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I want to upgrade the BIOS on an Intel main board using a program called iflash2.exe, provided by Intel, which runs only on MS-DOS. I do not have Windows operating system, and I am trying to create a bootable USB stick that will have MS-DOS compatible, iflash2.exe, and related files. I tried a program called UNetbootin, which created a bootable USB file with FREE DOS, but I do not know how and where to add the iflash2.exe and the related files. Can you tell me how I can do that?

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I'm not sure how to interpret your question: Do you have a bootable USB stick now? Or do you have an image file only, and you want to know how to put it on the USB stick? –  elmicha Jun 4 '11 at 14:20
@elmicha I have a bootable USB stick that has an image file on it. I want to know how to put additional execulatble files on the USB stick. –  sawa Jun 4 '11 at 22:04
When you plug the stick in, isn't it automatically opened, so you can drag and drop the files onto it? –  elmicha Jun 5 '11 at 7:12
@elmicha: A drive needs to be bootable in order to run any files at boot. @sawa: did you try actually writing the image to the drive rather than leaving the image file just sitting on the drive? As in actually extract the files in the image and write them to the disk? –  Thomas W. Jul 14 '11 at 11:57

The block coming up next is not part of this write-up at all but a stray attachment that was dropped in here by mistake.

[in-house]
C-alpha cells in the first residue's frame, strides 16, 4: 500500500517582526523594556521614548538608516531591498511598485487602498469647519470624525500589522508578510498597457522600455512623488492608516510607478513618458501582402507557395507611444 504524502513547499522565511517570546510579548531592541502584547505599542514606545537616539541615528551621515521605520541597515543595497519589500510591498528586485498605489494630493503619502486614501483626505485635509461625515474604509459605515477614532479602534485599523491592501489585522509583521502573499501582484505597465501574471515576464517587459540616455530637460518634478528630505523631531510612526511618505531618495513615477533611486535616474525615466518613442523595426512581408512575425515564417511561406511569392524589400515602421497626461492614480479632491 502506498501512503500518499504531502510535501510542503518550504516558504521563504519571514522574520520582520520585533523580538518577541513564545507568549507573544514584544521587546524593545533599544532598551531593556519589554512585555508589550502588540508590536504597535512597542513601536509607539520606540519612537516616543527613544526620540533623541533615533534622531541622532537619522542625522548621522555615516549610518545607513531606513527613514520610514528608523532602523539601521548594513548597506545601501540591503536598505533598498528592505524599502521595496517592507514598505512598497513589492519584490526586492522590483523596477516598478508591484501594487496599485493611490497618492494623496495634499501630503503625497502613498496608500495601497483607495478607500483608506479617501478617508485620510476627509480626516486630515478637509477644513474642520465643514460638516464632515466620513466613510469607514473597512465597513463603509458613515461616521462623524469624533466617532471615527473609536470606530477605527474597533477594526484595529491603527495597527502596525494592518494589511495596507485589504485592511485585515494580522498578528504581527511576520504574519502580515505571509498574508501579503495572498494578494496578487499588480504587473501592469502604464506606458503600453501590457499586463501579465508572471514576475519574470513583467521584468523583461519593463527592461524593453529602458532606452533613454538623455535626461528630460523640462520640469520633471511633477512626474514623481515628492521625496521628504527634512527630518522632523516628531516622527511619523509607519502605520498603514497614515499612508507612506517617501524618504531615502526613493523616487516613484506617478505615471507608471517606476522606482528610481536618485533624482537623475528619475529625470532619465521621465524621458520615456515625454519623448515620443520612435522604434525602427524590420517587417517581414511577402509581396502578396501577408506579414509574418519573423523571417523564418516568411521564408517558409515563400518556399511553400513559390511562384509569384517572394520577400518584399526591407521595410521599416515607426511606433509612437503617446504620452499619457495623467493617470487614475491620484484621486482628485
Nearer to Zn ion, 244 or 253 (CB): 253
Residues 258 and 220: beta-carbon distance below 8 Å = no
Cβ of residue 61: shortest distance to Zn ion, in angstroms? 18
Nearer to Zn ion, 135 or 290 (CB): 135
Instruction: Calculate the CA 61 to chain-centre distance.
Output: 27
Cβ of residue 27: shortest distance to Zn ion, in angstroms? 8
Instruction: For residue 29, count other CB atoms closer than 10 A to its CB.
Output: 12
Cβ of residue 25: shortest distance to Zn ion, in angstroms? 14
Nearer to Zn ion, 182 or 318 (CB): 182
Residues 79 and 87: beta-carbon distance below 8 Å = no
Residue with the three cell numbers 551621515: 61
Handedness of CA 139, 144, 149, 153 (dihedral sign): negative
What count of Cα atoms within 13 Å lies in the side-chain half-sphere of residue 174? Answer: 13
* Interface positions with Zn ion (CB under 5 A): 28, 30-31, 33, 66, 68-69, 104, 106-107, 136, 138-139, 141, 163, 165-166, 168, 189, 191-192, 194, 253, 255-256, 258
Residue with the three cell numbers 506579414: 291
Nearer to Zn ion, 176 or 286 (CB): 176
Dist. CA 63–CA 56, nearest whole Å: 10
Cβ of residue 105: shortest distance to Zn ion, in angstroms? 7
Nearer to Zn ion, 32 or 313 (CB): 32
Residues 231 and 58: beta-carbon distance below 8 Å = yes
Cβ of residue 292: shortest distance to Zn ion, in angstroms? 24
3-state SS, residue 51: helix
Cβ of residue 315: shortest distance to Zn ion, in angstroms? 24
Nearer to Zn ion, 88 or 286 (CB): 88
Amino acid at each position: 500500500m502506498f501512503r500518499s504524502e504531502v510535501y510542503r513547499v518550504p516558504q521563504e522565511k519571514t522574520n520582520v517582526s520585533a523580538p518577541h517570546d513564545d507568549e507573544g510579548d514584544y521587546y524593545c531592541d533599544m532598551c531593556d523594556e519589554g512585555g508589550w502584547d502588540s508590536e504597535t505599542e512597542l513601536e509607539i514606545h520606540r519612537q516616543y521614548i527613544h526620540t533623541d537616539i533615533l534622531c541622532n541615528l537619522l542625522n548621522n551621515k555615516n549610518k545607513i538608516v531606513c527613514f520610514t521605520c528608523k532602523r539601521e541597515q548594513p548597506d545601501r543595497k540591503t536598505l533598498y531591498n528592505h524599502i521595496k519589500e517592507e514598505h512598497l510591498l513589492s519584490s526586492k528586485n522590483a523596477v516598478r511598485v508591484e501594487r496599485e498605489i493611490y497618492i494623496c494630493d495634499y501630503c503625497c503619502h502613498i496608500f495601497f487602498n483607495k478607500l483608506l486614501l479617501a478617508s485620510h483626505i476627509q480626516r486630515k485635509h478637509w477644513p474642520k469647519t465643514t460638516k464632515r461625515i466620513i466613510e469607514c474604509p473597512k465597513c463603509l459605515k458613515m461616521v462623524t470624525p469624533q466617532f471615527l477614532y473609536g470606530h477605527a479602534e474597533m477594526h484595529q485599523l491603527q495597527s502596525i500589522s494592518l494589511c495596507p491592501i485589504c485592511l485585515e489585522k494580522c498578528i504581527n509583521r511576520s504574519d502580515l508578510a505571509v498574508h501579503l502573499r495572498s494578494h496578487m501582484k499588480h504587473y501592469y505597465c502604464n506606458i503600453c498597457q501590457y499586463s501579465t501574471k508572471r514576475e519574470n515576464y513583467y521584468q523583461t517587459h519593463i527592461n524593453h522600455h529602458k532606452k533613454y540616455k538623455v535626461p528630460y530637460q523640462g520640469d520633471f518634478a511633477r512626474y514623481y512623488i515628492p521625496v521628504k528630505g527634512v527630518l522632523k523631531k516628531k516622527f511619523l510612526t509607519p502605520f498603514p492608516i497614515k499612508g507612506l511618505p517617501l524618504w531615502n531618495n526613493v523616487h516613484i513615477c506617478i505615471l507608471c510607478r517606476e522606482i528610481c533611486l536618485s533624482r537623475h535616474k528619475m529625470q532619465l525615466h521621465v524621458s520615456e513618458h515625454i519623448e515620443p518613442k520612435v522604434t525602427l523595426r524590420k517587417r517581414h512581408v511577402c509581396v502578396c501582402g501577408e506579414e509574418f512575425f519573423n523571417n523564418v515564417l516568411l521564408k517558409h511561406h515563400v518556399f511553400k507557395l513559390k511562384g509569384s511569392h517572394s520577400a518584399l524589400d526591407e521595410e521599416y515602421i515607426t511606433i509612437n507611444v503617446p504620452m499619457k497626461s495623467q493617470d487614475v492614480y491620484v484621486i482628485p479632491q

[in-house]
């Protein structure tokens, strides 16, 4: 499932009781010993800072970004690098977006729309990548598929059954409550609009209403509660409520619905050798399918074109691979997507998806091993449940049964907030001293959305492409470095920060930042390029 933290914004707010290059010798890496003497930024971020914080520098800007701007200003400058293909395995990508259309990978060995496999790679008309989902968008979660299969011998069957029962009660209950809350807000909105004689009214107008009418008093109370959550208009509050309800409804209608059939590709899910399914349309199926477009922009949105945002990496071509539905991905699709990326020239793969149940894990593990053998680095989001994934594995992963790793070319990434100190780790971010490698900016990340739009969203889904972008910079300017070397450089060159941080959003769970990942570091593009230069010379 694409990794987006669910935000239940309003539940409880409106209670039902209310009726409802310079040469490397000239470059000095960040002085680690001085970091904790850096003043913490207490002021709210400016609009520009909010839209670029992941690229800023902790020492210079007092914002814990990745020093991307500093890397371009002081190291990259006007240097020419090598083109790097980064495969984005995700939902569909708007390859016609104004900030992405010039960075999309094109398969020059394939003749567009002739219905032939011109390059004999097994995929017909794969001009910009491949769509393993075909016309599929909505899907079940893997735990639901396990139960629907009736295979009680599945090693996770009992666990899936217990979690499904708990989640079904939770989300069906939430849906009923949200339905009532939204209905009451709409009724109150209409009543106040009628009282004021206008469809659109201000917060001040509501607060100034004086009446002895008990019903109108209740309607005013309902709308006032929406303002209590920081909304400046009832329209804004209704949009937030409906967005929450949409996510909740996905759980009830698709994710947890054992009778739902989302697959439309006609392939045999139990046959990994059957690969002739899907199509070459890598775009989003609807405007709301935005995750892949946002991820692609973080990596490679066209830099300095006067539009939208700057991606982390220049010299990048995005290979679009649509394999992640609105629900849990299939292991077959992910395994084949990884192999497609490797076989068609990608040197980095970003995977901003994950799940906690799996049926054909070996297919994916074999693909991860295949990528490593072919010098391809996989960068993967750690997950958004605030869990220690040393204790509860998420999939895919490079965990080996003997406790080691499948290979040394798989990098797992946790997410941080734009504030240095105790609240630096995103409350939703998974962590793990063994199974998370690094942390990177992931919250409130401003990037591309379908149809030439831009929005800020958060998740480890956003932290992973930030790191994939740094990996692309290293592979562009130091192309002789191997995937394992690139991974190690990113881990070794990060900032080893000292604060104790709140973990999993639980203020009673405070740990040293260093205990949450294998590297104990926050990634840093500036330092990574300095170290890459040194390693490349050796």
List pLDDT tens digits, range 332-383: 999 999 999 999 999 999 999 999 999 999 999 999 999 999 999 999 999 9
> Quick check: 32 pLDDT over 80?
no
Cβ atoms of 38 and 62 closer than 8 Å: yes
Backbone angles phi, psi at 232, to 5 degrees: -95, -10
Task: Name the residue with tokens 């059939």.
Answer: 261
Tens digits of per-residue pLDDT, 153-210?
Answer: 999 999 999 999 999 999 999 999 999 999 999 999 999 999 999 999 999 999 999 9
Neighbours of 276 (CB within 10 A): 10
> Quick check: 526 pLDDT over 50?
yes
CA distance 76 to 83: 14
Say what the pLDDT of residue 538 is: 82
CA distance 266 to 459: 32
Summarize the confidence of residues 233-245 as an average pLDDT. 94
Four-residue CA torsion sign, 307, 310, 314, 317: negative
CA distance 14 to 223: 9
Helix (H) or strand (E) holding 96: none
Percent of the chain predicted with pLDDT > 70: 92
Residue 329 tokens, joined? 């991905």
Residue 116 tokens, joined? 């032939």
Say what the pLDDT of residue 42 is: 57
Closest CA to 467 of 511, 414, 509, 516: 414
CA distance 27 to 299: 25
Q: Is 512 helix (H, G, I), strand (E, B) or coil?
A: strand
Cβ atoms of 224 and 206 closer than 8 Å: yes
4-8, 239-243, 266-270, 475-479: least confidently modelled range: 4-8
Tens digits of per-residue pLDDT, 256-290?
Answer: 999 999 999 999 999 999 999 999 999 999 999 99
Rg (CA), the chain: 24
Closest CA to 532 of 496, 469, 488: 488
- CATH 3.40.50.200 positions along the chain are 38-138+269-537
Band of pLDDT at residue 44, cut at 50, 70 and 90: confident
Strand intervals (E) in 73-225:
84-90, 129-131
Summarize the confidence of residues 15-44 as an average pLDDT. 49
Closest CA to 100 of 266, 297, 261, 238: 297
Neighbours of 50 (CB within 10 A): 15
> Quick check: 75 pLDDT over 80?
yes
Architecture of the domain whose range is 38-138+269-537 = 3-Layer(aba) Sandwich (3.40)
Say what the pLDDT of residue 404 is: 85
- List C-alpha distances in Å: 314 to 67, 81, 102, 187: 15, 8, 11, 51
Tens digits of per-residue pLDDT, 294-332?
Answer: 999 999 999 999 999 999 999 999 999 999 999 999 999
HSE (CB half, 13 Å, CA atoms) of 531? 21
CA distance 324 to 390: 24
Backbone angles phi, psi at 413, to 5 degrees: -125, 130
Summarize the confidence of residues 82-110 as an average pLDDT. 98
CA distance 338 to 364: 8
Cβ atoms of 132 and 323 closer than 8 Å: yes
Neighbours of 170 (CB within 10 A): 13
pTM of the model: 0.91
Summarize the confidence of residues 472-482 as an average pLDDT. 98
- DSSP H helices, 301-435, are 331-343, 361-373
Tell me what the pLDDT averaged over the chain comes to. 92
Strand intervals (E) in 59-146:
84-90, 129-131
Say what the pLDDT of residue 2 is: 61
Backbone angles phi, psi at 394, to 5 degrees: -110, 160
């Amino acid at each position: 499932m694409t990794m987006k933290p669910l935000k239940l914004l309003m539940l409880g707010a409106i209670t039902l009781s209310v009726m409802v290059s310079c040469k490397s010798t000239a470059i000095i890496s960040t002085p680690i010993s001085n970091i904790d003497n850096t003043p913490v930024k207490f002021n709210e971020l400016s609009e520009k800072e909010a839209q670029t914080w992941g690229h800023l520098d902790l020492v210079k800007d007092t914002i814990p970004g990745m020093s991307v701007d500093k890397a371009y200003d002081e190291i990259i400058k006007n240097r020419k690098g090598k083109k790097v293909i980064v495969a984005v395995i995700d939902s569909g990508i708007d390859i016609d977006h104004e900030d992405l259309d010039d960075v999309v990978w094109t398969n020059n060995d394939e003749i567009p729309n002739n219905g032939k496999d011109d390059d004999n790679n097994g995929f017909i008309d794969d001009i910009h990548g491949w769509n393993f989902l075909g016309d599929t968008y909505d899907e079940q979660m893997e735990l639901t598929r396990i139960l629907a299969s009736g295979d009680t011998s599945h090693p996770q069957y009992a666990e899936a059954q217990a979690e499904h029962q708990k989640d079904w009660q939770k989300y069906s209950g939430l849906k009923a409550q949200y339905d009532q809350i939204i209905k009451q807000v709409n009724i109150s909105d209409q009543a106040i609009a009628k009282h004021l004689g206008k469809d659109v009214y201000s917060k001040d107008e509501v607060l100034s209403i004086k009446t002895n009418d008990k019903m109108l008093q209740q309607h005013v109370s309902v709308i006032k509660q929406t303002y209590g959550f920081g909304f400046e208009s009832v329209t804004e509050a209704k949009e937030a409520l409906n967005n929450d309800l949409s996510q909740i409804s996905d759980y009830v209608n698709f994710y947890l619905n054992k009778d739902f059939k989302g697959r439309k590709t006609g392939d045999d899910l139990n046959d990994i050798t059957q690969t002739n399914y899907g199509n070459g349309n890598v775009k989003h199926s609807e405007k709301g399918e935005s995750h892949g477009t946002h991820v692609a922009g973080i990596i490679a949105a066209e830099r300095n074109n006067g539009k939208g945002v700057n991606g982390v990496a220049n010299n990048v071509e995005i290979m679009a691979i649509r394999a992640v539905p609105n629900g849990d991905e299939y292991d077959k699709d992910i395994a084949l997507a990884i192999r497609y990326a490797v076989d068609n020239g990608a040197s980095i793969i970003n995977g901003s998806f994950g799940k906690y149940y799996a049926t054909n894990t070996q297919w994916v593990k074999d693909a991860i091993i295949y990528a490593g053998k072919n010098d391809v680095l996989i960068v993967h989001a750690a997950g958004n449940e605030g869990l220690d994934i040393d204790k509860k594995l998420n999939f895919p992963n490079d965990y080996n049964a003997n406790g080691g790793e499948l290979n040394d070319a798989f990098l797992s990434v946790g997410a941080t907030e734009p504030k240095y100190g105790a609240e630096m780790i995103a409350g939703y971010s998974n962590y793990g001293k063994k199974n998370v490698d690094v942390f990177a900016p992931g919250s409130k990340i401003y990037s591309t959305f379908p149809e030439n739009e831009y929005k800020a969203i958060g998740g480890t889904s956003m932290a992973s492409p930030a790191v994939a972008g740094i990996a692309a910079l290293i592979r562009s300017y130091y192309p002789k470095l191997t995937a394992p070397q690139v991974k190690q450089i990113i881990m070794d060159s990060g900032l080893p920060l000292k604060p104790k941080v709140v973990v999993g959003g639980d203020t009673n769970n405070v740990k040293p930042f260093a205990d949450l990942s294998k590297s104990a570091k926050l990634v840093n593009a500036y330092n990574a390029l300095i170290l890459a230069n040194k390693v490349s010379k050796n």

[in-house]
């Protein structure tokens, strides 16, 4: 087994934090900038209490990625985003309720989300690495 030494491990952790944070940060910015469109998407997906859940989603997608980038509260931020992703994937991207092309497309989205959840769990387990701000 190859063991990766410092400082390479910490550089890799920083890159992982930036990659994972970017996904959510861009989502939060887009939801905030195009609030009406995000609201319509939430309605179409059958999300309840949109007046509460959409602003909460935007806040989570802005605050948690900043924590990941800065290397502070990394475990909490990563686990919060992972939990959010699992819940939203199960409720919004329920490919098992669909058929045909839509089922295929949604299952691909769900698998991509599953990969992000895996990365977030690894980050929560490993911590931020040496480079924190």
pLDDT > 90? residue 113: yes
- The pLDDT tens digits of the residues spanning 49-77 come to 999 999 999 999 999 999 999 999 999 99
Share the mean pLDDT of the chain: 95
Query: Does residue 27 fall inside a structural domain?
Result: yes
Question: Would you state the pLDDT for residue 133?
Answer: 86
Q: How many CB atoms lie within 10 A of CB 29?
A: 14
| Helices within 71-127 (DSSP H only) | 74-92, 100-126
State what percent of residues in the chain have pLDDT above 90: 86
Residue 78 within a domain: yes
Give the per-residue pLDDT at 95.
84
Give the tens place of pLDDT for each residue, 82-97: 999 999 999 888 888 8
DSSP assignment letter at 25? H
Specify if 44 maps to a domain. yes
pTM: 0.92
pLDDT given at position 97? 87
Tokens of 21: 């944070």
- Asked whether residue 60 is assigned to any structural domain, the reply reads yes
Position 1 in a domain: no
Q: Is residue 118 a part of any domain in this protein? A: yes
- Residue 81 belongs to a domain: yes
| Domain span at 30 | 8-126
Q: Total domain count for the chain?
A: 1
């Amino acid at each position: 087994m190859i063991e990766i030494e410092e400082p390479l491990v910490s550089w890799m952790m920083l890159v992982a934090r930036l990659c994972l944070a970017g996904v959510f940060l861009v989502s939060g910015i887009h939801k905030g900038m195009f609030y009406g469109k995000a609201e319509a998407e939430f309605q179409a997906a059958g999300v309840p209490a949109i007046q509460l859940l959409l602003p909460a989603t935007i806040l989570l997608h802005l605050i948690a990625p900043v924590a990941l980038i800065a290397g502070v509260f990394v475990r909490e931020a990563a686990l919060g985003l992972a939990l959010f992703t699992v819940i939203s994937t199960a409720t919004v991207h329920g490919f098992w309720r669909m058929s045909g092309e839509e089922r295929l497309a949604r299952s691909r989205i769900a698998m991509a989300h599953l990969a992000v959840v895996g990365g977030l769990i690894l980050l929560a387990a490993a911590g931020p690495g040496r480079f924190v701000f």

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2 Answers

I spent all morning struggling to find a way to flash the BIOS on my Zotac motherboard. Unetbootin creates MS-DOS images that will boot, but they cannot find the flash files (awdflash and N0422_ZA.bin in my case) on my USB thumb drive.

What finally worked was creating an Ultimate Boot CD and booting FREEDOS (not MS-DOS) from that CD. Then the USB thumb drive with my flashing files was visible, and the updating of the BIOS worked just fine.

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STEP 1: BACKUP your data!!!

if your stick does not boot

Do you have wine? If not run in a shell sudo apt-get install wine -y

Then you should be able to open a terminal --not sure how that works, I don't have it installed nwo-- probably you would have to start cmd.exe in wine.

Then I would assume that the good old sys command will be available if the win terminal of wine provides you with sys.exe, then it suffices to type in that terminal sys c: d: (assuming here that the usb is d:)

Note that sys is probably an old command and will only work on all variants of FAT (I believe both disks have to be in FAT32). If that would not work, have a look here: http://www.winimage.com/bootpart.htm (I believe that running that in wine would solve your issue too).

if you have a bootable DOS stick (btw, to test if it works: set the USB as first bootable device in your bios, boot on it, then type dir<ENTER>: that should give you a list with files)


  • boot back in Linux
  • mount the usb-stick (dmesg to find its location, then sudo mount -o uid=$USER /dev/sdX /mnt/usb (where X is the letter found from the dmesg, /mnt/usb is a directory to be created using sudo)
  • cp iflash2.exe /mnt/usb (assuming that you're in the directory with iflash2.exe)
  • reboot
  • on the command line ---probably something like C:\>--- type iflash2<ENTER>
  • say a prayer and reboot ;-)


PS: <ENTER> means that you have to press the ENTER button on your keyboard

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